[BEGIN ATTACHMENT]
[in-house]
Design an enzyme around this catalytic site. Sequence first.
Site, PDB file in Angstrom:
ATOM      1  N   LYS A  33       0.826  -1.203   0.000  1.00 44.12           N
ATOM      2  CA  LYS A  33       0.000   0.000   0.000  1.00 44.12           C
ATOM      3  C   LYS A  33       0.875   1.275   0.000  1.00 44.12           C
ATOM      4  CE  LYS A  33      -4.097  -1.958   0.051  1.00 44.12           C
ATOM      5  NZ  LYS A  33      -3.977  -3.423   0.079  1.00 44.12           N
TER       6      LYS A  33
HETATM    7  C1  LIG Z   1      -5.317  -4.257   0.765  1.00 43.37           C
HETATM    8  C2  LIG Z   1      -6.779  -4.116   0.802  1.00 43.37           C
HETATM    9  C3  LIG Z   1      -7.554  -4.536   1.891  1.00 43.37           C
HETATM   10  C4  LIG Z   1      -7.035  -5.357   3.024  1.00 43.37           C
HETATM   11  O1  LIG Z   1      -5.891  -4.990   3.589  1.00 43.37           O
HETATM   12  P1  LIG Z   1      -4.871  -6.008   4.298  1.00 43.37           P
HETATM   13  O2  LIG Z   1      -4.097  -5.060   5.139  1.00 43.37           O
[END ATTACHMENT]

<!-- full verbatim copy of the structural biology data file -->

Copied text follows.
[in-house]
Design an enzyme around this catalytic site. Sequence first.
Site, PDB file in Angstrom:
ATOM      1  N   LYS A  33       0.826  -1.203   0.000  1.00 44.12           N
ATOM      2  CA  LYS A  33       0.000   0.000   0.000  1.00 44.12           C
ATOM      3  C   LYS A  33       0.875   1.275   0.000  1.00 44.12           C
ATOM      4  CE  LYS A  33      -4.097  -1.958   0.051  1.00 44.12           C
ATOM      5  NZ  LYS A  33      -3.977  -3.423   0.079  1.00 44.12           N
TER       6      LYS A  33
HETATM    7  C1  LIG Z   1      -5.317  -4.257   0.765  1.00 43.37           C
HETATM    8  C2  LIG Z   1      -6.779  -4.116   0.802  1.00 43.37           C
HETATM    9  C3  LIG Z   1      -7.554  -4.536   1.891  1.00 43.37           C
HETATM   10  C4  LIG Z   1      -7.035  -5.357   3.024  1.00 43.37           C
HETATM   11  O1  LIG Z   1      -5.891  -4.990   3.589  1.00 43.37           O
HETATM   12  P1  LIG Z   1      -4.871  -6.008   4.298  1.00 43.37           P
HETATM   13  O2  LIG Z   1      -4.097  -5.060   5.139  1.00 43.37           O